A former US presidential aide says Washington should pass a law mandating military action against Iran if the Islamic Republic violates the terms of a final deal over its nuclear program.
Speaking at the annual conference of the Institute for National Security Studies in Tel Aviv on Tuesday, Dennis Ross said the US must be clear what the consequences would be for any possible Iranian violations of the deal in any agreement over Tehran’s nuclear work.
“You cannot wait until you face the violations, and decide what it (the consequence), will be,” he said. “You actually should work that out now.”
Ross, who from 2009 to 2011 was a key White House official dealing with Iran, said this is an area where the US administration and Congress can cooperate and agree in advance what the price of violations will be.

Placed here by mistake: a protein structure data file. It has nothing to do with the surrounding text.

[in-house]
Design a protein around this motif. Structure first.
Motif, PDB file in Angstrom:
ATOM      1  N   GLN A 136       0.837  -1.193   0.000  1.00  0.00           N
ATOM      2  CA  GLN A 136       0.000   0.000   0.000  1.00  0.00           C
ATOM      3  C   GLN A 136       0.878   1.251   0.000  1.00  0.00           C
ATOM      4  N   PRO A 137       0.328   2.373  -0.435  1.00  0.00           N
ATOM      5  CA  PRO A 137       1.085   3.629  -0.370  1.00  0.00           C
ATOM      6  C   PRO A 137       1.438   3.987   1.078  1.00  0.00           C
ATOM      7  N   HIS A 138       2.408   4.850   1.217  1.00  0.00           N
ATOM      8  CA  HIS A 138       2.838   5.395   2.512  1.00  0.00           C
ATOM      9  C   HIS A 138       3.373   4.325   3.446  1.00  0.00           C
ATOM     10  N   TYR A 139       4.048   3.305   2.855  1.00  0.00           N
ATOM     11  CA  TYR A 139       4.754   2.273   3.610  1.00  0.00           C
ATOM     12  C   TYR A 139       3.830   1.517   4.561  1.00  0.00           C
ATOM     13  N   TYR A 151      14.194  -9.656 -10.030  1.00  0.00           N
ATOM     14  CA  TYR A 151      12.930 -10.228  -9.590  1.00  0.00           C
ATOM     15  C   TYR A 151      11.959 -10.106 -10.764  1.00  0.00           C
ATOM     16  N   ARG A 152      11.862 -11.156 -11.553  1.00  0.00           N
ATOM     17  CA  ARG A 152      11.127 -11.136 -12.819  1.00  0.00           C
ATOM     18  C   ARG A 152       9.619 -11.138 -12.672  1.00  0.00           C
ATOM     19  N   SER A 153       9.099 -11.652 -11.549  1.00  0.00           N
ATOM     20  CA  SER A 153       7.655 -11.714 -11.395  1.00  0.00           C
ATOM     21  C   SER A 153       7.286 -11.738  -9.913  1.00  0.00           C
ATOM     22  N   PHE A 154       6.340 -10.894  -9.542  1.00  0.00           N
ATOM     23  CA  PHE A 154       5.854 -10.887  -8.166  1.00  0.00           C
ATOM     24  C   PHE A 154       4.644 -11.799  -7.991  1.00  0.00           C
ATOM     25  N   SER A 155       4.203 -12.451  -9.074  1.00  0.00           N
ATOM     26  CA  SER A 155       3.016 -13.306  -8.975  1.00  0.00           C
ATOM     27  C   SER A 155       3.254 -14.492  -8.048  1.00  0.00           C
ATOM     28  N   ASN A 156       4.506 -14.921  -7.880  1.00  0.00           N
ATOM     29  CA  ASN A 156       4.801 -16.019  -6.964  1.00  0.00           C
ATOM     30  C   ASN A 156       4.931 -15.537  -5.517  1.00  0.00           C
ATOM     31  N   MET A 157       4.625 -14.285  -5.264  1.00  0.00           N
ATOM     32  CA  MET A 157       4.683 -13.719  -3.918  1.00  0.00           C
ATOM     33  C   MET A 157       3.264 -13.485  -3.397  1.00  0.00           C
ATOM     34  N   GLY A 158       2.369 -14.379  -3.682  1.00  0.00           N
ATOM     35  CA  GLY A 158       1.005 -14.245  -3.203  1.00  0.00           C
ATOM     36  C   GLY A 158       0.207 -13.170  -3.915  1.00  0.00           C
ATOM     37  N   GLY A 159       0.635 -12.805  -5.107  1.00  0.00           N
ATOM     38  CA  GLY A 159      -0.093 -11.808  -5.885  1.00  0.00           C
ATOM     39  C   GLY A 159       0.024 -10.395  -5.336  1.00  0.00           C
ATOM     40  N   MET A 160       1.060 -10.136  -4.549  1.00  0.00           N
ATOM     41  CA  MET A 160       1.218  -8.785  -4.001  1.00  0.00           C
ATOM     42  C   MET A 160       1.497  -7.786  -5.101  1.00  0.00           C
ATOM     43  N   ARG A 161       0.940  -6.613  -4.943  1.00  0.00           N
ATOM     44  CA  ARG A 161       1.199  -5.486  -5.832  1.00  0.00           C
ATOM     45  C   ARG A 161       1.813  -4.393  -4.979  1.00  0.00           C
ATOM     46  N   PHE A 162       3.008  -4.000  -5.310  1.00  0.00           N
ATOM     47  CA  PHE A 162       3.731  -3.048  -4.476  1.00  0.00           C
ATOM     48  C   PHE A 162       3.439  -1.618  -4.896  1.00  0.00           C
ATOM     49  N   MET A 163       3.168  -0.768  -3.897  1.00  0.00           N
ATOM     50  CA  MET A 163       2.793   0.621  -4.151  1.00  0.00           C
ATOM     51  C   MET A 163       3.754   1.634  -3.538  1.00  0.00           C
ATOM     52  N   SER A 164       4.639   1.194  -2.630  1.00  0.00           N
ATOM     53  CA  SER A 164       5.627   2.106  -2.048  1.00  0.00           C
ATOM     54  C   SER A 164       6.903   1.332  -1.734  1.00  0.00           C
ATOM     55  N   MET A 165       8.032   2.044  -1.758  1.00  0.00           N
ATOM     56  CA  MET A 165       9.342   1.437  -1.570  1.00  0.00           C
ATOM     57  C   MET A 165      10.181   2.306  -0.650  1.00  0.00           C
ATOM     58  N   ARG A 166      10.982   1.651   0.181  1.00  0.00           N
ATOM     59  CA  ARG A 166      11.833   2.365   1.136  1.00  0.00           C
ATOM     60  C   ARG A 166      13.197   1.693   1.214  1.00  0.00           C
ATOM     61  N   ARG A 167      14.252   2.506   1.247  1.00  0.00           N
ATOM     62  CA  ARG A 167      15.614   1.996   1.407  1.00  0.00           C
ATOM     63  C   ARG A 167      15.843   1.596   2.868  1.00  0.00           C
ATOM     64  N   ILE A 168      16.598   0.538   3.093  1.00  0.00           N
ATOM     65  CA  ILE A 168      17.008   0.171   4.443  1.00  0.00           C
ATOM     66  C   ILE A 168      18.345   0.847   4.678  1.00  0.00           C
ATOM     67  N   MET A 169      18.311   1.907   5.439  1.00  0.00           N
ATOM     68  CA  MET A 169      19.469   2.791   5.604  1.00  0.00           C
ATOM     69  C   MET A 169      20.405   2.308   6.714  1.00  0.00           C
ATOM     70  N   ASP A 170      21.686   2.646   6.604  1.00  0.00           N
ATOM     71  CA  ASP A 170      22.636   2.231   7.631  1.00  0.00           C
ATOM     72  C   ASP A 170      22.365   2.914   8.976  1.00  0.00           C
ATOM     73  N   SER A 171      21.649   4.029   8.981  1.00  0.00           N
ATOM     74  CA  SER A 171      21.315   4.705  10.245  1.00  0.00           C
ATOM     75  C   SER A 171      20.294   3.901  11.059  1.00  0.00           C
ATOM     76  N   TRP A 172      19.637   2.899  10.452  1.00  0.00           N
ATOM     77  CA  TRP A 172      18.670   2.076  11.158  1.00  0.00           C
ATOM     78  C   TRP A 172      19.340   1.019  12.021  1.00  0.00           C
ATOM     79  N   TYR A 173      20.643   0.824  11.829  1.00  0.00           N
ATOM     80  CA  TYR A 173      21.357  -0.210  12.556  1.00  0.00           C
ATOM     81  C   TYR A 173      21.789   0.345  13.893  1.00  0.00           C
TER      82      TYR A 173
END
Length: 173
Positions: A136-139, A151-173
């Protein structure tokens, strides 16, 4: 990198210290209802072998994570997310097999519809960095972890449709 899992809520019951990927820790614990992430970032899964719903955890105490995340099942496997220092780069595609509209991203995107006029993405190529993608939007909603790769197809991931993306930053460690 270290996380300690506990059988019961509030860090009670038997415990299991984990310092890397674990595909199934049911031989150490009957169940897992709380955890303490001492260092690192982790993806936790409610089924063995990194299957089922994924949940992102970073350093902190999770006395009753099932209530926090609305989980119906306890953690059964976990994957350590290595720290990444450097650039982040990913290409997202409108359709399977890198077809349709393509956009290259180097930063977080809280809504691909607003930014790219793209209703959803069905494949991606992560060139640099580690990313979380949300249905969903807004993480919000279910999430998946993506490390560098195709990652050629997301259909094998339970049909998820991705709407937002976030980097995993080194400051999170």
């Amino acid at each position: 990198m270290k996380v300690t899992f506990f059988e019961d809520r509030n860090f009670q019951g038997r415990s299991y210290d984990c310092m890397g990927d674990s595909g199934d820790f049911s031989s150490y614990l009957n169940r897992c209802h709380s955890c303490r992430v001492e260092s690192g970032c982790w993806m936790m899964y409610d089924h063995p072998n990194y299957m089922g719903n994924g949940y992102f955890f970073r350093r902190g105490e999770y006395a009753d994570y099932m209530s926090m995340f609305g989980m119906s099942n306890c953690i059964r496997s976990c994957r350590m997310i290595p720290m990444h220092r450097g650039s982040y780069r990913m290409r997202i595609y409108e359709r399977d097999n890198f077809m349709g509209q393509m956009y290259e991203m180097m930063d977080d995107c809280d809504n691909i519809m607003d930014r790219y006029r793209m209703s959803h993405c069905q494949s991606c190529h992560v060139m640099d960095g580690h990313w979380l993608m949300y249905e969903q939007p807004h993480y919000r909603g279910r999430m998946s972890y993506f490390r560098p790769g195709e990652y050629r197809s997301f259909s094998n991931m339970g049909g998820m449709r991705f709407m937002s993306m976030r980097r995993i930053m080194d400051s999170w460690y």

If Iran is found to have been engaged in a non-civilian nuclear work despite a nuclear agreement, said Ross, then the consequence should be the use of American military force.
“There should be legislation, worked out with the [Capitol] Hill in advance, which says if we catch them with the following kinds of violations, then the implication is that we are going to take out those facilities,” he added.
He said a law that would authorize military action if Iran violates the deal, could also address Israel's concerns.
Iran and the P5+1 group of countries – Russia, China, France, Britain, the US and Germany – are seeking to reach a high-level political agreement by April 1 and to confirm the full technical details of the accord by July 1.
Since an interim deal was sealed in the Swiss city of Geneva in November 2013, the negotiating sides have missed two self-imposed deadlines to ink a final comprehensive agreement over Tehran’s nuclear energy program.
The International Atomic Energy Agency has in numerous times confirmed Iran has been abiding by its commitments to the Geneva deal.
The Agency that is supervising Tehran's nuclear program, has never reported any deviation in Iran's nuclear program toward militarism.
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